After getting the handles turned right side out, I closed one end of each, and used batting to stuff them lightly. This made the handles soft and a bit more substantial to grip. I used buttons to secure the handles in place, since Elna protests to a) sticky surfaces and 2) thick materials. That thing is most likely designed by a man who thinks women only sew light little curtains.

I used basic lining fabric for the interior of the bag. As it is flimsy and light, I stabilized it with soft, fusible interface. Then, I proceeded to sew patch pockets onto the lining as well.

I had a zip-closure inside divider stashed from a bag I took apart many years ago (it broke and I wanted to salvage what I could), and I sewed it into the bag as well. I also attached a D-ring into the lining, so I can hook my keys into it.

The snap frame purse turned out OK. It’s small enough to be easy to carry, but big enough to house essentials. It comes complete with a stunned look that matches my general expression quite well.

I hope you’ve enjoyed reading about my new snap frame purse.

Until next time.

Love,

Heather

More Shrug Looks

Last week, I missed both Friday’s post and newsletter due to a minor mishap with our website. Because of that, I decided to prolong The Faux Cable Shrug‘s life as our featured pattern. I really like this shrug, and creating another outfit post with it was too fun a thing to pass! So today, I wanted to show you two more shrug looks.

Staying In

I work from home, and that makes me one of the lucky ones. I get to wear whatever I like to work. Some of us who stay at home all day like to wear jammies, some like to dress up. I’m somewhat of an in-betweener, and go for dresses. For the first look, I wanted to show you what I really wear around the house.

Minus the make-up and heels, this is pretty much what I look like. Comfy dress, tights, messy braid, shrug if I get cold. After the neck pain I experienced just last week (all better now), I’m constantly reminding myself to keep warm. Even in a warm flat, I get cold easily, and this little shrug is a perfect way to cozy up. It’s both comfy and cute, and targets the neck and upper back. As I do enjoy low cut dresses, shrug looks are an easy way to make winter warmer.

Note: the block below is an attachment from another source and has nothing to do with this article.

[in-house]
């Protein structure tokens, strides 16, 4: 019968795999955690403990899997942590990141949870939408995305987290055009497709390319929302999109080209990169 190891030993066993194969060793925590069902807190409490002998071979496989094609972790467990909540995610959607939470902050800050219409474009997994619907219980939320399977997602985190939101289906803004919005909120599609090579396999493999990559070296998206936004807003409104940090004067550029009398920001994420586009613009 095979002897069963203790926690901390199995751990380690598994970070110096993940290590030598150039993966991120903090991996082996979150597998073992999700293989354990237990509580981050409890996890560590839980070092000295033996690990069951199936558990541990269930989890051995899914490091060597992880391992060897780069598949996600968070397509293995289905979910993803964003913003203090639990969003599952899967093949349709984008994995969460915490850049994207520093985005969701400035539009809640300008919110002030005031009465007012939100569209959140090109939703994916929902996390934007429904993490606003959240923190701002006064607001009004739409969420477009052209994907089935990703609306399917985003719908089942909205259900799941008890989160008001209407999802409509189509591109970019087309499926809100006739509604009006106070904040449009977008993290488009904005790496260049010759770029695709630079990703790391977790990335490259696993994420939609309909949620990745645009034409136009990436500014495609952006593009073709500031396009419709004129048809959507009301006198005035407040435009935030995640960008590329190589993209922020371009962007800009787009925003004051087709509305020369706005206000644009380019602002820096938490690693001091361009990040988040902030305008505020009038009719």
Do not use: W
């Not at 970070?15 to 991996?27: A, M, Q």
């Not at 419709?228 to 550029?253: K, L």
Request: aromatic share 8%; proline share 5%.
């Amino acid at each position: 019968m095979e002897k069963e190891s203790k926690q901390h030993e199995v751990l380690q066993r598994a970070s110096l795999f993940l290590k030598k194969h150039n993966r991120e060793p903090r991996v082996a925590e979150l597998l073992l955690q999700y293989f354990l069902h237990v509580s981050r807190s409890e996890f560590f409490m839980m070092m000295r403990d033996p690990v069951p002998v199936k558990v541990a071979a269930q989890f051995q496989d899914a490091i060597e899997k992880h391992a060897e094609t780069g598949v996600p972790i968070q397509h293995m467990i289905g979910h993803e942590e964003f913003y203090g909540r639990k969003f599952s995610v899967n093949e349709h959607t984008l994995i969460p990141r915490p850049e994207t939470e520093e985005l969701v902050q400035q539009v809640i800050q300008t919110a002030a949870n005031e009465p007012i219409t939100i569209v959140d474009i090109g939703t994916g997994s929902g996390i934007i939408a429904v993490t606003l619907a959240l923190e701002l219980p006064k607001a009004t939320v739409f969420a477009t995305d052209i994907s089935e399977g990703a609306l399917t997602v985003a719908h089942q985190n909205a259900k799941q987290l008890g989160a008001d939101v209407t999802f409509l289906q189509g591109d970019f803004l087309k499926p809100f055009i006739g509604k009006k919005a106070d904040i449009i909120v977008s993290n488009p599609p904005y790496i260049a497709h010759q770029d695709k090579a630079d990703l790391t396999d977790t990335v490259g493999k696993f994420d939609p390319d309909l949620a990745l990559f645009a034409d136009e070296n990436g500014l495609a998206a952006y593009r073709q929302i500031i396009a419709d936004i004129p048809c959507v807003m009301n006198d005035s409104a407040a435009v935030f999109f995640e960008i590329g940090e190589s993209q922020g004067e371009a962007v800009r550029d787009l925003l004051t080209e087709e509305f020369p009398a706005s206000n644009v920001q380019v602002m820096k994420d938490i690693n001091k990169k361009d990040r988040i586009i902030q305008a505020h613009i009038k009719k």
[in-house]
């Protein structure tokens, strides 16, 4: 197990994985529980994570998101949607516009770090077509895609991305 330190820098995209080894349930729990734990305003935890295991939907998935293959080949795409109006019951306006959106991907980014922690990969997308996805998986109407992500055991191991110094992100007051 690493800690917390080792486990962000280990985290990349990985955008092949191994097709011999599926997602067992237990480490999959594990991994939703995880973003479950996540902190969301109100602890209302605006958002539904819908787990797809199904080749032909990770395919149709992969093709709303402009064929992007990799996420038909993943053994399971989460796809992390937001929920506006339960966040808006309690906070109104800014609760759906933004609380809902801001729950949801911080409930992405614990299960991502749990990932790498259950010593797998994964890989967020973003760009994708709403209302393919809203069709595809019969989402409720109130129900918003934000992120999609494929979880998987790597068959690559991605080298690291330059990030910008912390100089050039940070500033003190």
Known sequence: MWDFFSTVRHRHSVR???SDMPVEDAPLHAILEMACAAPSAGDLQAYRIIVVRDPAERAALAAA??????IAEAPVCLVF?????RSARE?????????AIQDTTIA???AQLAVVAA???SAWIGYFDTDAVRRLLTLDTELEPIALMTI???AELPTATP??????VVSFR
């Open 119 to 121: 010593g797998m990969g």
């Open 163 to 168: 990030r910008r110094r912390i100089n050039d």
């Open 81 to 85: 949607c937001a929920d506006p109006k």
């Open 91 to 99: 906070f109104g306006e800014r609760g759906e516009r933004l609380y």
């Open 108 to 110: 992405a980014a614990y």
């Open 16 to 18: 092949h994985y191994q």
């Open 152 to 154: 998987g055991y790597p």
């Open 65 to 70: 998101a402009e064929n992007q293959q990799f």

Jewelry is another thing I thoroughly enjoy. When working with fabrics, bracelets and rings can get in the way. I shy from them in everyday life, but this ring goes on more often than not. I’ve always had a soft spot for black stones, and with a dark base, this one appeals to my sense of beauty. It goes with everything, too, and compliments the feminine details of this shrug.

When taking photos, I usually snap a test shot just to see if the light’s OK and if I fit in the frame. Often they’re useless, but this one was kinda cute. Not only does it display the puff hem beautifully, but it also shows a natural stance for me when spying on passersby looking out the window.

Going Out

I like to dress up when going out. Quite often I choose a look based on venue and music, while still staying true to myself. Lately, I’ve worn more and more LBDs just because they’re so easy to pull on in a hurry (I’m always in a rush when getting dressed to go out – Friday nights are for relaxing and I relax by playing video games, and, well, I immerse and forget what time it is).

This look is something I could wear pretty much anywhere. I love this skirt, this corset is my second home, and the combo of lace and satin is just lovely. This style features our Victorian Skirt, Pretty Basic Lace Top, Reversible Corset, and Faux Cable Shrug.